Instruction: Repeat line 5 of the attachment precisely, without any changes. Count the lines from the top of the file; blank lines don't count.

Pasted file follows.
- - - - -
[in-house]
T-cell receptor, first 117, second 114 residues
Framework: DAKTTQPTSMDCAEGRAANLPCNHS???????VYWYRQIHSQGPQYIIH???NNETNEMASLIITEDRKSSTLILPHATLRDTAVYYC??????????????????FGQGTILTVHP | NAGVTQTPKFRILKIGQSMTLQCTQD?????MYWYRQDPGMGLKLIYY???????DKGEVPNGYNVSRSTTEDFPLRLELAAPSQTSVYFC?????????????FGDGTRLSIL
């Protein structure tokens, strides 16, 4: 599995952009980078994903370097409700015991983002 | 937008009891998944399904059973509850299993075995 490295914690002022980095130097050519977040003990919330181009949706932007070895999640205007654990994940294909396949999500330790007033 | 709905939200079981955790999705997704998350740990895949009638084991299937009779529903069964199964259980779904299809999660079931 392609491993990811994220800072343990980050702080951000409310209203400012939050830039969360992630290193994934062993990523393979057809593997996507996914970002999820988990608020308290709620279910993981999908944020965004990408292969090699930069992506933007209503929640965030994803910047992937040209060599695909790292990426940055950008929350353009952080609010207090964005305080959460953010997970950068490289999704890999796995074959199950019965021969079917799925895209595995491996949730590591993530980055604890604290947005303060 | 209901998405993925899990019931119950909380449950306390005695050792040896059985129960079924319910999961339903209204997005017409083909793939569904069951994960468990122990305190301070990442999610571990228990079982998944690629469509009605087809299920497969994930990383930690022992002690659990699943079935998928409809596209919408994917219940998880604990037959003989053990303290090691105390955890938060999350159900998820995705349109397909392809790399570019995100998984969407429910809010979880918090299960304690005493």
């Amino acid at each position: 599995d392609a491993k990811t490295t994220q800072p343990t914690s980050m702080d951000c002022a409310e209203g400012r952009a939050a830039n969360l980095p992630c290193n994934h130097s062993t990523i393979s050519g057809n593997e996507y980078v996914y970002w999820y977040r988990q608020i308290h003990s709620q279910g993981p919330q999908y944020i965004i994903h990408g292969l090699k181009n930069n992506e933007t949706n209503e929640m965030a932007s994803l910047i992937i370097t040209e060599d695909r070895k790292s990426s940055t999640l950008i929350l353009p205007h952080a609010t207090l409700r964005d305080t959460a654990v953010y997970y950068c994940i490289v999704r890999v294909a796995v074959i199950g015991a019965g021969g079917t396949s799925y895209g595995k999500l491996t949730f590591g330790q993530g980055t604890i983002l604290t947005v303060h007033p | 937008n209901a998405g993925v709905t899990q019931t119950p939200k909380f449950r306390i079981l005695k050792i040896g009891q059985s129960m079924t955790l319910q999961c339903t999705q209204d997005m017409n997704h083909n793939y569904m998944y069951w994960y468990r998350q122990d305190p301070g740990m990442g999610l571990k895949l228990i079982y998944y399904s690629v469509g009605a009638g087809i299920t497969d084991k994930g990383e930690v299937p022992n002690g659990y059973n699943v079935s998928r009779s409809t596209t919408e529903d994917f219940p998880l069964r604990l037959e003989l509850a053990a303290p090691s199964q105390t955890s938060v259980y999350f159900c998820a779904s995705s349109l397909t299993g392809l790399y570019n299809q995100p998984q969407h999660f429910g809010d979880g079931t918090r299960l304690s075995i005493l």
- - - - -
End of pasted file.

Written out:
């Amino acid at each position: 599995d392609a491993k990811t490295t994220q800072p343990t914690s980050m702080d951000c002022a409310e209203g400012r952009a939050a830039n969360l980095p992630c290193n994934h130097s062993t990523i393979s050519g057809n593997e996507y980078v996914y970002w999820y977040r988990q608020i308290h003990s709620q279910g993981p919330q999908y944020i965004i994903h990408g292969l090699k181009n930069n992506e933007t949706n209503e929640m965030a932007s994803l910047i992937i370097t040209e060599d695909r070895k790292s990426s940055t999640l950008i929350l353009p205007h952080a609010t207090l409700r964005d305080t959460a654990v953010y997970y950068c994940i490289v999704r890999v294909a796995v074959i199950g015991a019965g021969g079917t396949s799925y895209g595995k999500l491996t949730f590591g330790q993530g980055t604890i983002l604290t947005v303060h007033p | 937008n209901a998405g993925v709905t899990q019931t119950p939200k909380f449950r306390i079981l005695k050792i040896g009891q059985s129960m079924t955790l319910q999961c339903t999705q209204d997005m017409n997704h083909n793939y569904m998944y069951w994960y468990r998350q122990d305190p301070g740990m990442g999610l571990k895949l228990i079982y998944y399904s690629v469509g009605a009638g087809i299920t497969d084991k994930g990383e930690v299937p022992n002690g659990y059973n699943v079935s998928r009779s409809t596209t919408e529903d994917f219940p998880l069964r604990l037959e003989l509850a053990a303290p090691s199964q105390t955890s938060v259980y999350f159900c998820a779904s995705s349109l397909t299993g392809l790399y570019n299809q995100p998984q969407h999660f429910g809010d979880g079931t918090r299960l304690s075995i005493l």